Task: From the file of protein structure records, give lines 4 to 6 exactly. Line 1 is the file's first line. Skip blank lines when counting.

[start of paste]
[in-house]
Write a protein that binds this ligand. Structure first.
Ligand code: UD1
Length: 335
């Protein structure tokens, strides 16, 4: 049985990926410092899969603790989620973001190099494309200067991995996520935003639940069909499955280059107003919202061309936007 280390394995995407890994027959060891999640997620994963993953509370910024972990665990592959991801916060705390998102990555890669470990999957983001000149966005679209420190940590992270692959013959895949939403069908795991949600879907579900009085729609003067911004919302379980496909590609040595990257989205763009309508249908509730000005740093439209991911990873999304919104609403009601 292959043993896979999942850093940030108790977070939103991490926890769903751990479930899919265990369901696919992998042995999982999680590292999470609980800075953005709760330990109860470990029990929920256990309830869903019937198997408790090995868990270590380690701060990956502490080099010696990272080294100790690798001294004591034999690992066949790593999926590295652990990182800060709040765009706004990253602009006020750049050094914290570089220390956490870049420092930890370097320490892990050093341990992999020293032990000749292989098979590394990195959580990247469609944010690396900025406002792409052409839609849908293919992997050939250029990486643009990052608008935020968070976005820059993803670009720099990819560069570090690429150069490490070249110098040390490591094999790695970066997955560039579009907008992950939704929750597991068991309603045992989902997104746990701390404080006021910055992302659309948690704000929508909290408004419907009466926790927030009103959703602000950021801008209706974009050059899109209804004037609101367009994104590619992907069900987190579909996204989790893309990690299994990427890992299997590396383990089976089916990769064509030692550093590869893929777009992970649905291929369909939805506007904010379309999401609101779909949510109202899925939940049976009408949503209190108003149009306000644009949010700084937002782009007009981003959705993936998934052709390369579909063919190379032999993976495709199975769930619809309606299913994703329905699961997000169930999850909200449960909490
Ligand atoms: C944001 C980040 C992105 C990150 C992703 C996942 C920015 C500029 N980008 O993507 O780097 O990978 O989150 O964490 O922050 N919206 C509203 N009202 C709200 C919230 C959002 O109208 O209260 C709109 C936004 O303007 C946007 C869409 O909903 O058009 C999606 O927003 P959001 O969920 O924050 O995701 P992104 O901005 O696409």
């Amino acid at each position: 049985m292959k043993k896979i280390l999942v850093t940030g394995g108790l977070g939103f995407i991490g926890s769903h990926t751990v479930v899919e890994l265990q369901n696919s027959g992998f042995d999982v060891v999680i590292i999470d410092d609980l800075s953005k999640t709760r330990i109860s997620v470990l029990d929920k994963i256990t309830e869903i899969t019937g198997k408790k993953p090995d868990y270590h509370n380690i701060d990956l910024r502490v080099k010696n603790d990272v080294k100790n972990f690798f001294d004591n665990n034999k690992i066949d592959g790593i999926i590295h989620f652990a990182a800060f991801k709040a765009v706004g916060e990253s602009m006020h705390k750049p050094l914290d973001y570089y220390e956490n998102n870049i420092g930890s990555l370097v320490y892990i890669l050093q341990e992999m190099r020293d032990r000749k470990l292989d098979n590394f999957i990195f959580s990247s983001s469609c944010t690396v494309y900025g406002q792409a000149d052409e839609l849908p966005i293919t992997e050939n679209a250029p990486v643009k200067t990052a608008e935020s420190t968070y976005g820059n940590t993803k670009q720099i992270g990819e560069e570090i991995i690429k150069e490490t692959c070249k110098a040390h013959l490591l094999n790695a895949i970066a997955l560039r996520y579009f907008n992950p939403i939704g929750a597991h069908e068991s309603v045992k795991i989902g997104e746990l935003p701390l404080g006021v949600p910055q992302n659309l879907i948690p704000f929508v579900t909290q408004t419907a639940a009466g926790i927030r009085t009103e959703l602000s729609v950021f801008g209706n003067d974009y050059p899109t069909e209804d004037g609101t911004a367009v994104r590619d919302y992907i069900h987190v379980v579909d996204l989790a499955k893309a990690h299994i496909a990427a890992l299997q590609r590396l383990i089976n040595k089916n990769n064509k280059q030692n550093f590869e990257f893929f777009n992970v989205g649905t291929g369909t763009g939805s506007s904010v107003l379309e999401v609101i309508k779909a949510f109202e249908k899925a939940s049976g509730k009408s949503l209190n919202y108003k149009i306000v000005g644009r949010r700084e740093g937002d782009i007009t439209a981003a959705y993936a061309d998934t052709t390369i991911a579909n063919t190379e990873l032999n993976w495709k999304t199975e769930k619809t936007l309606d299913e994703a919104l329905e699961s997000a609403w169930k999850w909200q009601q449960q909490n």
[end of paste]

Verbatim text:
Length: 335
């Protein structure tokens, strides 16, 4: 049985990926410092899969603790989620973001190099494309200067991995996520935003639940069909499955280059107003919202061309936007 280390394995995407890994027959060891999640997620994963993953509370910024972990665990592959991801916060705390998102990555890669470990999957983001000149966005679209420190940590992270692959013959895949939403069908795991949600879907579900009085729609003067911004919302379980496909590609040595990257989205763009309508249908509730000005740093439209991911990873999304919104609403009601 292959043993896979999942850093940030108790977070939103991490926890769903751990479930899919265990369901696919992998042995999982999680590292999470609980800075953005709760330990109860470990029990929920256990309830869903019937198997408790090995868990270590380690701060990956502490080099010696990272080294100790690798001294004591034999690992066949790593999926590295652990990182800060709040765009706004990253602009006020750049050094914290570089220390956490870049420092930890370097320490892990050093341990992999020293032990000749292989098979590394990195959580990247469609944010690396900025406002792409052409839609849908293919992997050939250029990486643009990052608008935020968070976005820059993803670009720099990819560069570090690429150069490490070249110098040390490591094999790695970066997955560039579009907008992950939704929750597991068991309603045992989902997104746990701390404080006021910055992302659309948690704000929508909290408004419907009466926790927030009103959703602000950021801008209706974009050059899109209804004037609101367009994104590619992907069900987190579909996204989790893309990690299994990427890992299997590396383990089976089916990769064509030692550093590869893929777009992970649905291929369909939805506007904010379309999401609101779909949510109202899925939940049976009408949503209190108003149009306000644009949010700084937002782009007009981003959705993936998934052709390369579909063919190379032999993976495709199975769930619809309606299913994703329905699961997000169930999850909200449960909490
Ligand atoms: C944001 C980040 C992105 C990150 C992703 C996942 C920015 C500029 N980008 O993507 O780097 O990978 O989150 O964490 O922050 N919206 C509203 N009202 C709200 C919230 C959002 O109208 O209260 C709109 C936004 O303007 C946007 C869409 O909903 O058009 C999606 O927003 P959001 O969920 O924050 O995701 P992104 O901005 O696409």